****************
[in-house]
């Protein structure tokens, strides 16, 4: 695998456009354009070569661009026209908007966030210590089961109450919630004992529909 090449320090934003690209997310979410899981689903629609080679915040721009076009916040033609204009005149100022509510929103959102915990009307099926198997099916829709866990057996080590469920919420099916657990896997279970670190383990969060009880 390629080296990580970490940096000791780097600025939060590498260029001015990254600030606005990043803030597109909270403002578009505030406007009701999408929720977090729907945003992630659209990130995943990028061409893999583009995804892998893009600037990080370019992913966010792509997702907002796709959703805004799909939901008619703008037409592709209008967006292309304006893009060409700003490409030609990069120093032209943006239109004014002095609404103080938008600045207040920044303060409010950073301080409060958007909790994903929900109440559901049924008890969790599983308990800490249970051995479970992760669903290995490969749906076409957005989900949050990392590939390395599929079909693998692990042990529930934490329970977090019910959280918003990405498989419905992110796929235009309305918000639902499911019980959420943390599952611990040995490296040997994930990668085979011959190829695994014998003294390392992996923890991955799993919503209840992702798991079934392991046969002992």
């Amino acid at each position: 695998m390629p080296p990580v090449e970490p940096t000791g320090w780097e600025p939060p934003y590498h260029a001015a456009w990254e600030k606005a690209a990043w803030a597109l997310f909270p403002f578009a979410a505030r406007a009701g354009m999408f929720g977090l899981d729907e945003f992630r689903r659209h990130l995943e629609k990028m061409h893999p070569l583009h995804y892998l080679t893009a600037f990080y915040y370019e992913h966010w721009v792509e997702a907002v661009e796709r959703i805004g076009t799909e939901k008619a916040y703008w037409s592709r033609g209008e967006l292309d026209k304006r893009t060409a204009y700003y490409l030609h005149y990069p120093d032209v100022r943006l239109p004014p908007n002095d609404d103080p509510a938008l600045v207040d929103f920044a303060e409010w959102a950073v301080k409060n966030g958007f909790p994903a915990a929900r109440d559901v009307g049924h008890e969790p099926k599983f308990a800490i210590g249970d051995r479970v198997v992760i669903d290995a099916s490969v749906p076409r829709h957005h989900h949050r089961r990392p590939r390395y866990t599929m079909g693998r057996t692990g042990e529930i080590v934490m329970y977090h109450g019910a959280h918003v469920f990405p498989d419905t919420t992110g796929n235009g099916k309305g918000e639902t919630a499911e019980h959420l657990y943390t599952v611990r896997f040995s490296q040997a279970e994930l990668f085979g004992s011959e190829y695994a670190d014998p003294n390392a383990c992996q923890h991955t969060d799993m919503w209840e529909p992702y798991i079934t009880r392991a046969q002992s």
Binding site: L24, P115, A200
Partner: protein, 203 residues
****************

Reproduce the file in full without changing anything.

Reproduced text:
[in-house]
């Protein structure tokens, strides 16, 4: 695998456009354009070569661009026209908007966030210590089961109450919630004992529909 090449320090934003690209997310979410899981689903629609080679915040721009076009916040033609204009005149100022509510929103959102915990009307099926198997099916829709866990057996080590469920919420099916657990896997279970670190383990969060009880 390629080296990580970490940096000791780097600025939060590498260029001015990254600030606005990043803030597109909270403002578009505030406007009701999408929720977090729907945003992630659209990130995943990028061409893999583009995804892998893009600037990080370019992913966010792509997702907002796709959703805004799909939901008619703008037409592709209008967006292309304006893009060409700003490409030609990069120093032209943006239109004014002095609404103080938008600045207040920044303060409010950073301080409060958007909790994903929900109440559901049924008890969790599983308990800490249970051995479970992760669903290995490969749906076409957005989900949050990392590939390395599929079909693998692990042990529930934490329970977090019910959280918003990405498989419905992110796929235009309305918000639902499911019980959420943390599952611990040995490296040997994930990668085979011959190829695994014998003294390392992996923890991955799993919503209840992702798991079934392991046969002992």
């Amino acid at each position: 695998m390629p080296p990580v090449e970490p940096t000791g320090w780097e600025p939060p934003y590498h260029a001015a456009w990254e600030k606005a690209a990043w803030a597109l997310f909270p403002f578009a979410a505030r406007a009701g354009m999408f929720g977090l899981d729907e945003f992630r689903r659209h990130l995943e629609k990028m061409h893999p070569l583009h995804y892998l080679t893009a600037f990080y915040y370019e992913h966010w721009v792509e997702a907002v661009e796709r959703i805004g076009t799909e939901k008619a916040y703008w037409s592709r033609g209008e967006l292309d026209k304006r893009t060409a204009y700003y490409l030609h005149y990069p120093d032209v100022r943006l239109p004014p908007n002095d609404d103080p509510a938008l600045v207040d929103f920044a303060e409010w959102a950073v301080k409060n966030g958007f909790p994903a915990a929900r109440d559901v009307g049924h008890e969790p099926k599983f308990a800490i210590g249970d051995r479970v198997v992760i669903d290995a099916s490969v749906p076409r829709h957005h989900h949050r089961r990392p590939r390395y866990t599929m079909g693998r057996t692990g042990e529930i080590v934490m329970y977090h109450g019910a959280h918003v469920f990405p498989d419905t919420t992110g796929n235009g099916k309305g918000e639902t919630a499911e019980h959420l657990y943390t599952v611990r896997f040995s490296q040997a279970e994930l990668f085979g004992s011959e190829y695994a670190d014998p003294n390392a383990c992996q923890h991955t969060d799993m919503w209840e529909p992702y798991i079934t009880r392991a046969q002992s």
Binding site: L24, P115, A200
Partner: protein, 203 residues